Osteoporosis is often referred to as the "silent disease" because it often progresses without noticeable symptoms until a fracture occurs. Aging, hormonal changes (particularly in postmenopausal women), and a sedentary lifestyle can all contribute to the development and progression of Osteoporosis. The good news is an individualised program from an exercise physiologist can assist with the management of this disease.
What type of exercise is used in the management of Osteoporosis?
· Weight-Bearing Exercises
Where bones bear the load of the body, are crucial for stimulating bone growth and maintaining density. Activities such as walking, jogging, dancing, and resistance training encourage the formation of new bone tissue, reducing the risk of fractures.
· Resistance Training
Resistance or strength training, involving the use of weights, is effective in building and maintaining muscle mass. Stronger muscles = less chance of falls and resultant fractures.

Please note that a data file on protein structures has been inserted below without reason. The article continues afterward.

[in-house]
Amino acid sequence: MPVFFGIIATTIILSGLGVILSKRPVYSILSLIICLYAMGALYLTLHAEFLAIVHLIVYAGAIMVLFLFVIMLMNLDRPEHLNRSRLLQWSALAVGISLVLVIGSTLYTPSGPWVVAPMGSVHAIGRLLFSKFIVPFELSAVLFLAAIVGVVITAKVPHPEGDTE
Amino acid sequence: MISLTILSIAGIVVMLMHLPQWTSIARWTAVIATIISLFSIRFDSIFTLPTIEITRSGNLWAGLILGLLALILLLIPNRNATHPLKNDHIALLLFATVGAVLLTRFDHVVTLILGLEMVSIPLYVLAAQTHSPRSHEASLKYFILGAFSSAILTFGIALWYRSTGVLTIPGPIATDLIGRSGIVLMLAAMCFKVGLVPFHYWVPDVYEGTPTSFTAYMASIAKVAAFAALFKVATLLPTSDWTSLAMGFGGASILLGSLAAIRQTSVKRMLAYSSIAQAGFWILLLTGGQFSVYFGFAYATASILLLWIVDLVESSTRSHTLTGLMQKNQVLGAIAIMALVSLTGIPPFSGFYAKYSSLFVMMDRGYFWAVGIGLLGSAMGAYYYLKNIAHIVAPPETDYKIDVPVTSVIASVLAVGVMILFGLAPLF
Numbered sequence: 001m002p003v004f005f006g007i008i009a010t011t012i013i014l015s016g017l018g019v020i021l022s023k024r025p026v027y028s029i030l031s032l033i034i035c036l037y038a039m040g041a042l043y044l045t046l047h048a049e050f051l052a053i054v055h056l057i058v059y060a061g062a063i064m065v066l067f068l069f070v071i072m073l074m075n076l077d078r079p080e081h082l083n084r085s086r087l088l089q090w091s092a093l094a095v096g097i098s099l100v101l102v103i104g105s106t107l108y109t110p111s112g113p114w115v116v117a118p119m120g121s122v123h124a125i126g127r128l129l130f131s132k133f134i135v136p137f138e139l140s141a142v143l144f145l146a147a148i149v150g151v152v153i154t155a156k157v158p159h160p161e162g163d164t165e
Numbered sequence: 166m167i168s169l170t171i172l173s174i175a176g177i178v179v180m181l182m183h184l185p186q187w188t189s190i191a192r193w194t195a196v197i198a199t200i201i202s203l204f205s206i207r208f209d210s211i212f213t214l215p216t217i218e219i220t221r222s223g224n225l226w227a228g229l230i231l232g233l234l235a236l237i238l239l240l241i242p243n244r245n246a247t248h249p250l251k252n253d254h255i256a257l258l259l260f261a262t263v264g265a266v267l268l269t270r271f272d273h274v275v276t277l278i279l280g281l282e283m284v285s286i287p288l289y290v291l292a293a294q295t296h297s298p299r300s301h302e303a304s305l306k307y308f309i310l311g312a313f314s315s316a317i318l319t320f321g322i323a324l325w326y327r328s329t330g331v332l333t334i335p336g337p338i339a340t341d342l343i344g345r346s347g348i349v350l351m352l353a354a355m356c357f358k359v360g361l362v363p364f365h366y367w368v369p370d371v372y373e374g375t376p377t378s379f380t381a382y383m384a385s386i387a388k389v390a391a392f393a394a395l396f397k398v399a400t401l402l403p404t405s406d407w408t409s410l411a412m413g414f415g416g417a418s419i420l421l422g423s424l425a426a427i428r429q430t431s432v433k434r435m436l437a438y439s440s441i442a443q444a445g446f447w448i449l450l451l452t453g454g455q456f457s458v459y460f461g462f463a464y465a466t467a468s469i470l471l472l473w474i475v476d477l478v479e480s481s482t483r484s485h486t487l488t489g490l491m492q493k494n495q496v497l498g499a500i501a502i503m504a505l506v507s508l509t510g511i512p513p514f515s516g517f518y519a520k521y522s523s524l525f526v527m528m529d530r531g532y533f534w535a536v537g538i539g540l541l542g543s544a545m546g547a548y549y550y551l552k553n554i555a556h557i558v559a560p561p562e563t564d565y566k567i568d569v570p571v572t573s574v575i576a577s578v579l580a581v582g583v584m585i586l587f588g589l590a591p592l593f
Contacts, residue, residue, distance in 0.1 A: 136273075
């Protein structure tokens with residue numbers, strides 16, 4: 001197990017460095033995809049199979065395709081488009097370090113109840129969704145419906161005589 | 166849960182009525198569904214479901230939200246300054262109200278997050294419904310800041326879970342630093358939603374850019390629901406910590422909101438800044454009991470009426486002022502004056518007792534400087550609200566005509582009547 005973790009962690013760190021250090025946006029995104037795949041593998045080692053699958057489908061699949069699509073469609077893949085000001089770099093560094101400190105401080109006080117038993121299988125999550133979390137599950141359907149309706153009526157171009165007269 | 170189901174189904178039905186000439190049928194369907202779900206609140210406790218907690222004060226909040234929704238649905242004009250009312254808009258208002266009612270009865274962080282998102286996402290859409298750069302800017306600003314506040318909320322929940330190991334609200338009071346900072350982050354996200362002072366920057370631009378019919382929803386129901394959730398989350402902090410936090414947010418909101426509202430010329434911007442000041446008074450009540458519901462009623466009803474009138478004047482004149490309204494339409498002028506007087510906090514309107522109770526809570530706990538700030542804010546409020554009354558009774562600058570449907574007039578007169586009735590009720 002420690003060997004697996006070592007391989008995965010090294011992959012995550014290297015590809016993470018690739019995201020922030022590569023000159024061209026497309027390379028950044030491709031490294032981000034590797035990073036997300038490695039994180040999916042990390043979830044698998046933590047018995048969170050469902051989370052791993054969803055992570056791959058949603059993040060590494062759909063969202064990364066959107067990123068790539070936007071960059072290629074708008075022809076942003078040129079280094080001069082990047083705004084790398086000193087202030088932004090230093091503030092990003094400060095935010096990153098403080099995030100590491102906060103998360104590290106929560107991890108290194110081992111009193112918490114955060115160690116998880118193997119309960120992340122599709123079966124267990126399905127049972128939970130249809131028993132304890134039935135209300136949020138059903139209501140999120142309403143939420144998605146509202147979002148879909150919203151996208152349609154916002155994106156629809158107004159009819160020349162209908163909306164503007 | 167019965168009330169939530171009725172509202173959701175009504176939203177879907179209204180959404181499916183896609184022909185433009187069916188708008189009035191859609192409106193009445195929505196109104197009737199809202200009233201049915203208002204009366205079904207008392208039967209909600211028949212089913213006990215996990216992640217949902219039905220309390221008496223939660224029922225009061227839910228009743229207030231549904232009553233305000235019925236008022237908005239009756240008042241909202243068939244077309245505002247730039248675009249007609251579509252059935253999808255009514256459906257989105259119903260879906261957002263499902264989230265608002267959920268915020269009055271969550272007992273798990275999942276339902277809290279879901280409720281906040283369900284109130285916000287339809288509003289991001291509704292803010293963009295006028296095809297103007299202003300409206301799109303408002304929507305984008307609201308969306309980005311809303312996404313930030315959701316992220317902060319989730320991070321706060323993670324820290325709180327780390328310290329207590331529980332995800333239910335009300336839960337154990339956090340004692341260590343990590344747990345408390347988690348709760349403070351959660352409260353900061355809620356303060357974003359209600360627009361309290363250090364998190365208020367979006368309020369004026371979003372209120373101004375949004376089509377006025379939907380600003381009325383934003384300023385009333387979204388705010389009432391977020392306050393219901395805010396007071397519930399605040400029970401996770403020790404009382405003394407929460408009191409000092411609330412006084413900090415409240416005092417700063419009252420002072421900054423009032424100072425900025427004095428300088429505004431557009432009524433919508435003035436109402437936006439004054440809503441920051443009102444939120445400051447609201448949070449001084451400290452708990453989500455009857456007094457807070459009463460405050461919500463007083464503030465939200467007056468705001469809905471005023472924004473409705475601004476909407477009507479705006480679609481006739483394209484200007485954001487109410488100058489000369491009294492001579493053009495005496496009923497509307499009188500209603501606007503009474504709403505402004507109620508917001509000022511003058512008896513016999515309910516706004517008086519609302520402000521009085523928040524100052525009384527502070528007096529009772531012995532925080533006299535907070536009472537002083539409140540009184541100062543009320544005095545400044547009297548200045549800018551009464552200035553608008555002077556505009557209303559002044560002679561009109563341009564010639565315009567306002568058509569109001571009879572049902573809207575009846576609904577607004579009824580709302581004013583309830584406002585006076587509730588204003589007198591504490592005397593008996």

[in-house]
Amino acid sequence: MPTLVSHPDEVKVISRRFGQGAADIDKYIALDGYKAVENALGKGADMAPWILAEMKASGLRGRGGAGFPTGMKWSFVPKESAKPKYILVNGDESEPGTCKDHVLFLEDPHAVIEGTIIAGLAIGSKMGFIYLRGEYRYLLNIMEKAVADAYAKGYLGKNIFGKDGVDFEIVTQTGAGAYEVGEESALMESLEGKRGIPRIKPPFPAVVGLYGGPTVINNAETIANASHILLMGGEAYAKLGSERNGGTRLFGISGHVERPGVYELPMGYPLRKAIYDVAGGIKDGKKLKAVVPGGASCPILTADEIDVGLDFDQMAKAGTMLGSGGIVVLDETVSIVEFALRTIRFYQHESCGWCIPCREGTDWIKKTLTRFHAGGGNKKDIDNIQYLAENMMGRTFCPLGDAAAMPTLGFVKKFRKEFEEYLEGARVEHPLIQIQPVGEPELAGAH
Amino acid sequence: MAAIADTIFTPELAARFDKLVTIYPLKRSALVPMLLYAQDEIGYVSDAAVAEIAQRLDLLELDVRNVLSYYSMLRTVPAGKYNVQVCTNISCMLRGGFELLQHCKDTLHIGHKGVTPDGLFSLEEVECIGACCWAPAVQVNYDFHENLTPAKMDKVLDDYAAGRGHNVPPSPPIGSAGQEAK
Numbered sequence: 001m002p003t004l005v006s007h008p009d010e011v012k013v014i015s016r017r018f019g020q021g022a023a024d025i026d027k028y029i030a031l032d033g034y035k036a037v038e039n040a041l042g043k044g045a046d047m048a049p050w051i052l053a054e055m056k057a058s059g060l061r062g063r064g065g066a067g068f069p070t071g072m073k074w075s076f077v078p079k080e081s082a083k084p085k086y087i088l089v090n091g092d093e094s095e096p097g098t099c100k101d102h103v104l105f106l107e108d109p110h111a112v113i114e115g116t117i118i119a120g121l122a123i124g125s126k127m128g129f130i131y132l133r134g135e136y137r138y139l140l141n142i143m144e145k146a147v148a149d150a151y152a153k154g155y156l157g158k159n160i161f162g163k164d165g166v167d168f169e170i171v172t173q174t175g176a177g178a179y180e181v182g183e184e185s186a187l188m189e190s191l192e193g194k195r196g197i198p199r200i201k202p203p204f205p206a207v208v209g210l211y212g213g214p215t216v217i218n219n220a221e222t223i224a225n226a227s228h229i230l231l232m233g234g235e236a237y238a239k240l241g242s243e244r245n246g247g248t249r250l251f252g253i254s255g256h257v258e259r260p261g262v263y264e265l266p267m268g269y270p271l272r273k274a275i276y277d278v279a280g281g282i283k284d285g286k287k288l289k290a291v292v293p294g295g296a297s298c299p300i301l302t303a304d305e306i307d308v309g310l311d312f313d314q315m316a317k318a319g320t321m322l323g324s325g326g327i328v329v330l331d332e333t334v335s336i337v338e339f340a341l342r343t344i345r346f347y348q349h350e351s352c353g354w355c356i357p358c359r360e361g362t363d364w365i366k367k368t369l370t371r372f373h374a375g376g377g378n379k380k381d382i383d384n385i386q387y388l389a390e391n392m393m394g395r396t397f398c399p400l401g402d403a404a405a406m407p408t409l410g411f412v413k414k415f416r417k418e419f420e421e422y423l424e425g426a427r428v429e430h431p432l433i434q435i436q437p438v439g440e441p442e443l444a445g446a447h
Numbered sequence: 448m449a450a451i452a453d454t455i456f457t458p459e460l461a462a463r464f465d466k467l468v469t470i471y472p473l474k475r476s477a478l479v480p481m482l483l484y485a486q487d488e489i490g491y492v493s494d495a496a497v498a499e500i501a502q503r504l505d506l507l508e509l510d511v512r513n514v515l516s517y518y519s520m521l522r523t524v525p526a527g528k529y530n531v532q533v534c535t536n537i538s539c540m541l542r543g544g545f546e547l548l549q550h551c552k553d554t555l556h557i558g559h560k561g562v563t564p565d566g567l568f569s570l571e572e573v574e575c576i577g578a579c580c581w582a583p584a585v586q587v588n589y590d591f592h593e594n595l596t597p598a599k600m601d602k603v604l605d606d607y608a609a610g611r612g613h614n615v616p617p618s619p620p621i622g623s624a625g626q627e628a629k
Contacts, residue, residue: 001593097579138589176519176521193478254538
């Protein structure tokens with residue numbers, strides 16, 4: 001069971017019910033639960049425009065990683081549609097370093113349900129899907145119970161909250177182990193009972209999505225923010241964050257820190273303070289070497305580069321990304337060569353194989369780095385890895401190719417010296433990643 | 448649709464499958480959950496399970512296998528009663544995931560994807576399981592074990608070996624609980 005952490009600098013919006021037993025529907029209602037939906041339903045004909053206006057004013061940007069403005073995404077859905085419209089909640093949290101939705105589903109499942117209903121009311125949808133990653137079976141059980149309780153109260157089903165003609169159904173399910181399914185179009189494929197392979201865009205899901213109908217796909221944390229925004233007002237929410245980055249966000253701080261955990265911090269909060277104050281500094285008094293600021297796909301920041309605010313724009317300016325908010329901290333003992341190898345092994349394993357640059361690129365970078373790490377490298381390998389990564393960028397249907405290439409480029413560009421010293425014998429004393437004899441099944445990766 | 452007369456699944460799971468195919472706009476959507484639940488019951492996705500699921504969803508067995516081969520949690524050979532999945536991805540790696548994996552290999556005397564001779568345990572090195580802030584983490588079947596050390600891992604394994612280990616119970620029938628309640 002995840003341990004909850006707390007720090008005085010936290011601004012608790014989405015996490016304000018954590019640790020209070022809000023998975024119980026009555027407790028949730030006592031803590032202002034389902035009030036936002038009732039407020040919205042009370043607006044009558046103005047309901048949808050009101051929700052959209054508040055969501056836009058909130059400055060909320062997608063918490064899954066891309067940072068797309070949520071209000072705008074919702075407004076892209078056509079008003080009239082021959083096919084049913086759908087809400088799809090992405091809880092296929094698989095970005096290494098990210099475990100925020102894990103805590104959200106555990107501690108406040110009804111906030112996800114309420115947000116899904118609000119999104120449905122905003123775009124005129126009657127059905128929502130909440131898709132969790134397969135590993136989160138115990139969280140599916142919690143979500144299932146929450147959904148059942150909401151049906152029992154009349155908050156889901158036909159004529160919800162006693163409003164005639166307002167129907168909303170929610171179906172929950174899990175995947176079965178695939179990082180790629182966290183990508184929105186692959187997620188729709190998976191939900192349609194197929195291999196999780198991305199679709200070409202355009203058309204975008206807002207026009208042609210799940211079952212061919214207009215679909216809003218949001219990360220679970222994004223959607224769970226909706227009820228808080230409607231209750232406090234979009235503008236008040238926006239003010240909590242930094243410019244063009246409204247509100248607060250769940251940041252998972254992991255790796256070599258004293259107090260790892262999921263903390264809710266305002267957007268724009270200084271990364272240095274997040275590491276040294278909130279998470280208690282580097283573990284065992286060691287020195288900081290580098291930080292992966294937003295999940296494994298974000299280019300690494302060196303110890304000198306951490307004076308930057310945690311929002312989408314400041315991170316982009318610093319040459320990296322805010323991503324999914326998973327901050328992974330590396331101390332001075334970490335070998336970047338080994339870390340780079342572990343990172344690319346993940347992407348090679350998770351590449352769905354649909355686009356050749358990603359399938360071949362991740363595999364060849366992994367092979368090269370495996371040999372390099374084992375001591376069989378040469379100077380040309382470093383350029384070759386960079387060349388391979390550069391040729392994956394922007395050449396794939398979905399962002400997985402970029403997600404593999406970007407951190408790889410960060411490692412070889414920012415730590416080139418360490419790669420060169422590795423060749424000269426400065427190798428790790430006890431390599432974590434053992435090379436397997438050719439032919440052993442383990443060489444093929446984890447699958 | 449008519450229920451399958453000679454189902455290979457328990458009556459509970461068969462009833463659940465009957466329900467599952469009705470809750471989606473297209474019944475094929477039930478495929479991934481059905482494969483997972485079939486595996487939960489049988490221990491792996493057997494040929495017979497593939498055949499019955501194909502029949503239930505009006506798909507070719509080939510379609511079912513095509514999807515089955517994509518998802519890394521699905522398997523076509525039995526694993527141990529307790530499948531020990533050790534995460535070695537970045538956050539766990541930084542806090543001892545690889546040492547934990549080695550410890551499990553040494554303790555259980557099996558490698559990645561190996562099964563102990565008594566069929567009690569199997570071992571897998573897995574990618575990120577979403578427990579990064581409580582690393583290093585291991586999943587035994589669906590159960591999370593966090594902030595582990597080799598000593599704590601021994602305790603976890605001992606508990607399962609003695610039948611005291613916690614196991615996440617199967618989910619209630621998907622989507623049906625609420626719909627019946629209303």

· Impact Activities
Under the guidance of an exercise physiologist, the appropriate impact activities can assist with further bone density loss and protect against falls risk.
· Balance and Stability Exercises
Balance and stability exercises, including tai chi and specific yoga poses, enhance proprioception and reduce the likelihood of falls, safeguarding bone health.
Exercise physiology is a powerful ally in the management of osteoporosis, offering a proactive and empowering approach to bone health. By understanding the unique relationship between exercise and bone density, individuals can take charge of their well-being, reducing the risk of fractures and maintaining an active, fulfilling lifestyle. Remember, it's never too late to start incorporating bone-strengthening exercises into your routine. Let an exercise physiologist guide you towards stronger bones!